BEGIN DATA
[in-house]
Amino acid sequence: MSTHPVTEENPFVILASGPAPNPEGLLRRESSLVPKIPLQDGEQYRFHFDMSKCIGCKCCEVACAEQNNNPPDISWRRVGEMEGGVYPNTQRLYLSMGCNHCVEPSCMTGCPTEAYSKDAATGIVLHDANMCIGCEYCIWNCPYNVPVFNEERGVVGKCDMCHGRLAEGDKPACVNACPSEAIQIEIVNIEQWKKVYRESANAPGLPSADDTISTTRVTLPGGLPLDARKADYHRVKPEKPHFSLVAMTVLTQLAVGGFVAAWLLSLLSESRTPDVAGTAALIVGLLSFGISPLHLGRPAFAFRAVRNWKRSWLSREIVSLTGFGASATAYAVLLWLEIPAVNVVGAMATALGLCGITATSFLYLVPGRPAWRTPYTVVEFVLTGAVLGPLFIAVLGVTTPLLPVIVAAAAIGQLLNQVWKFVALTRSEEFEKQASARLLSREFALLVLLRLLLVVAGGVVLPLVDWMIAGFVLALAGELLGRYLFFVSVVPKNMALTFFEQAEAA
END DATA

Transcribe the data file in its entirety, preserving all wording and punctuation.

[in-house]
Amino acid sequence: MSTHPVTEENPFVILASGPAPNPEGLLRRESSLVPKIPLQDGEQYRFHFDMSKCIGCKCCEVACAEQNNNPPDISWRRVGEMEGGVYPNTQRLYLSMGCNHCVEPSCMTGCPTEAYSKDAATGIVLHDANMCIGCEYCIWNCPYNVPVFNEERGVVGKCDMCHGRLAEGDKPACVNACPSEAIQIEIVNIEQWKKVYRESANAPGLPSADDTISTTRVTLPGGLPLDARKADYHRVKPEKPHFSLVAMTVLTQLAVGGFVAAWLLSLLSESRTPDVAGTAALIVGLLSFGISPLHLGRPAFAFRAVRNWKRSWLSREIVSLTGFGASATAYAVLLWLEIPAVNVVGAMATALGLCGITATSFLYLVPGRPAWRTPYTVVEFVLTGAVLGPLFIAVLGVTTPLLPVIVAAAAIGQLLNQVWKFVALTRSEEFEKQASARLLSREFALLVLLRLLLVVAGGVVLPLVDWMIAGFVLALAGELLGRYLFFVSVVPKNMALTFFEQAEAA